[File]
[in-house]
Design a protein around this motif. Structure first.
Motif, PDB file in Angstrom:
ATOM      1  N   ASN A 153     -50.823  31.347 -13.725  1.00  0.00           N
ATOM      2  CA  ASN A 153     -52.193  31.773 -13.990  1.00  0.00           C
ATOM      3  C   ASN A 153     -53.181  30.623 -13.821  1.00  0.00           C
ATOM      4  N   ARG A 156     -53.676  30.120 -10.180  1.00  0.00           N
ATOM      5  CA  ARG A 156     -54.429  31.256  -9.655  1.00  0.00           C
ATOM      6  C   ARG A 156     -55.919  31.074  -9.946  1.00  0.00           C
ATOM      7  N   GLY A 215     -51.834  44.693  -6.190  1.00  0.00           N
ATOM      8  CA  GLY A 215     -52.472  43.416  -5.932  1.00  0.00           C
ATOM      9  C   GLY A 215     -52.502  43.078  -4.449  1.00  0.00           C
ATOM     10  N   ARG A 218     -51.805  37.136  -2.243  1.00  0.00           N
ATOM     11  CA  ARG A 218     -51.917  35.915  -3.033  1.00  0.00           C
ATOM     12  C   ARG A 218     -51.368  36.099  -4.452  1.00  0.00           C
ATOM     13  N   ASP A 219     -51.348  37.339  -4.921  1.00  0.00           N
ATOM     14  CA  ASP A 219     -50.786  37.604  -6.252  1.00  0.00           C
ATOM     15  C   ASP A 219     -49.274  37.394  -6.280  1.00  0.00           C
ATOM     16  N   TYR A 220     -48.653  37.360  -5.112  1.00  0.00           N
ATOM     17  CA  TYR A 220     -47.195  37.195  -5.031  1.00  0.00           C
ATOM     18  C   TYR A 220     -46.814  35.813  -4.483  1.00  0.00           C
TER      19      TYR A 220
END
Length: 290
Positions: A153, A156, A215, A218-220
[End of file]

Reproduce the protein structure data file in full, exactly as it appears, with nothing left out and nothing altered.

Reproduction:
[in-house]
Design a protein around this motif. Structure first.
Motif, PDB file in Angstrom:
ATOM      1  N   ASN A 153     -50.823  31.347 -13.725  1.00  0.00           N
ATOM      2  CA  ASN A 153     -52.193  31.773 -13.990  1.00  0.00           C
ATOM      3  C   ASN A 153     -53.181  30.623 -13.821  1.00  0.00           C
ATOM      4  N   ARG A 156     -53.676  30.120 -10.180  1.00  0.00           N
ATOM      5  CA  ARG A 156     -54.429  31.256  -9.655  1.00  0.00           C
ATOM      6  C   ARG A 156     -55.919  31.074  -9.946  1.00  0.00           C
ATOM      7  N   GLY A 215     -51.834  44.693  -6.190  1.00  0.00           N
ATOM      8  CA  GLY A 215     -52.472  43.416  -5.932  1.00  0.00           C
ATOM      9  C   GLY A 215     -52.502  43.078  -4.449  1.00  0.00           C
ATOM     10  N   ARG A 218     -51.805  37.136  -2.243  1.00  0.00           N
ATOM     11  CA  ARG A 218     -51.917  35.915  -3.033  1.00  0.00           C
ATOM     12  C   ARG A 218     -51.368  36.099  -4.452  1.00  0.00           C
ATOM     13  N   ASP A 219     -51.348  37.339  -4.921  1.00  0.00           N
ATOM     14  CA  ASP A 219     -50.786  37.604  -6.252  1.00  0.00           C
ATOM     15  C   ASP A 219     -49.274  37.394  -6.280  1.00  0.00           C
ATOM     16  N   TYR A 220     -48.653  37.360  -5.112  1.00  0.00           N
ATOM     17  CA  TYR A 220     -47.195  37.195  -5.031  1.00  0.00           C
ATOM     18  C   TYR A 220     -46.814  35.813  -4.483  1.00  0.00           C
TER      19      TYR A 220
END
Length: 290
Positions: A153, A156, A215, A218-220